Thursday, June 9, 2011

Margarita Island: Venezuela’s Party Prison
Posted by JacobSloan on June 9, 2011

Suppose prison was fun? Venezuela’s San Antonio prison houses 2,000 convicts, including many foreigners from around the globe, mostly convicted on drug charges. They can do anything they want, except leave — there are pool halls, dance parties, swimming, drugs, guns, gender mixing and unlimited visitors. Crazy, yes, but is it any worse than what we have here? The New York Times reports:

Bikini-clad female visitors frolic under the Caribbean sun in an outdoor pool. Marijuana smoke flavors the air. Reggaetón booms from a club filled with grinding couples.

Prisoners barbecue meat while sipping whisky poolside. In some cells, equipped with air-conditioning and DirecTV satellite dishes, inmates relax with wives or girlfriends. (Venezuela, like other Latin American countries, allows conjugal visits.) The children of some inmates swim in one of the prison’s four pools.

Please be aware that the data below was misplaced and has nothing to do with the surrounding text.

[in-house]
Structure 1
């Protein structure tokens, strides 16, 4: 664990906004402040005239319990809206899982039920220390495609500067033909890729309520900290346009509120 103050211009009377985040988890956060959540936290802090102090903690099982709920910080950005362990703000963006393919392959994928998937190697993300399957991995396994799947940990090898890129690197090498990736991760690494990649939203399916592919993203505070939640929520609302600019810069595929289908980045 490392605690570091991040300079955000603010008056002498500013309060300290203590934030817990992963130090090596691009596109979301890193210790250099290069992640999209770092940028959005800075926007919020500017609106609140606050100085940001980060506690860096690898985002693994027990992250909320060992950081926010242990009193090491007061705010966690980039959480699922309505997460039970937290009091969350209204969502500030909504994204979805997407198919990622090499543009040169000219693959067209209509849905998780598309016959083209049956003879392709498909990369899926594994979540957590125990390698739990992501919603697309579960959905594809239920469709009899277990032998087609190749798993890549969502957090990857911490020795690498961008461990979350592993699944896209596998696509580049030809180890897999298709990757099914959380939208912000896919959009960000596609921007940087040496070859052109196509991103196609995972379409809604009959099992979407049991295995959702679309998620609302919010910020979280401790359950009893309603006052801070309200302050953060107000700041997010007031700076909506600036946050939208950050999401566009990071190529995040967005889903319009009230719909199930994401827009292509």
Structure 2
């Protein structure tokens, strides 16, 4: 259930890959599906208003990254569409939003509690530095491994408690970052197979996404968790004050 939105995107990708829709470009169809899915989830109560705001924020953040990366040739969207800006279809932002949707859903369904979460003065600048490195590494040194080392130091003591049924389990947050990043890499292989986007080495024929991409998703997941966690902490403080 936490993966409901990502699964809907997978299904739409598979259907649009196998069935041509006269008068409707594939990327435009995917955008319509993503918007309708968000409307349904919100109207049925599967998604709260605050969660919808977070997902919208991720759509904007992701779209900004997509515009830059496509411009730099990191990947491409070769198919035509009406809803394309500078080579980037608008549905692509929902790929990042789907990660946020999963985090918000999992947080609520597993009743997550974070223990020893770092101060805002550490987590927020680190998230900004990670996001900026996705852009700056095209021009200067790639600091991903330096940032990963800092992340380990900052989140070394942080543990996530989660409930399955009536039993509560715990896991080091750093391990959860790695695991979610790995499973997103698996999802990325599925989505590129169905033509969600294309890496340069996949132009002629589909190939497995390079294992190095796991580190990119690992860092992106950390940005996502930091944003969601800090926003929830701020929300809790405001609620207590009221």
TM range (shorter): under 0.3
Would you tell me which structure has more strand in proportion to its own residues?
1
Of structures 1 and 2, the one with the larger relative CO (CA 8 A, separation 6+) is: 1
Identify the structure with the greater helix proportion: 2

Luis Gutiérrez, the warden at San Antonio prison, refused to discuss the prison he nominally oversees. Renowned on Margarita Island as a relatively tranquil place where even visitors can go for sinful weekend partying, is in a class of its own. On weekends, the ambience inside, bursting with spouses, romantic partners and some who simply show up looking for diversion, almost resembles the island’s beach resorts.

Prisoners boast that they built these perks themselves, with their own money. They say escapes are rare (inmates, if they try, still face the threat of being shot by soldiers outside). And while San Antonio can hardly be considered safe — a grenade attack in the infirmary killed several men last year — inmates argue that compared with other jails, peace often prevails. “Our prison is a model institution,” said Iván Peñalver, 33, a convicted murderer who preaches at the prison’s evangelical Christian church.

“I find it hard to explain what life is like in here,” said Nadezhda Klinaeva, 32, a Russian serving a drug trafficking sentence in the women’s annex. “This is the strangest place I’ve ever been.”

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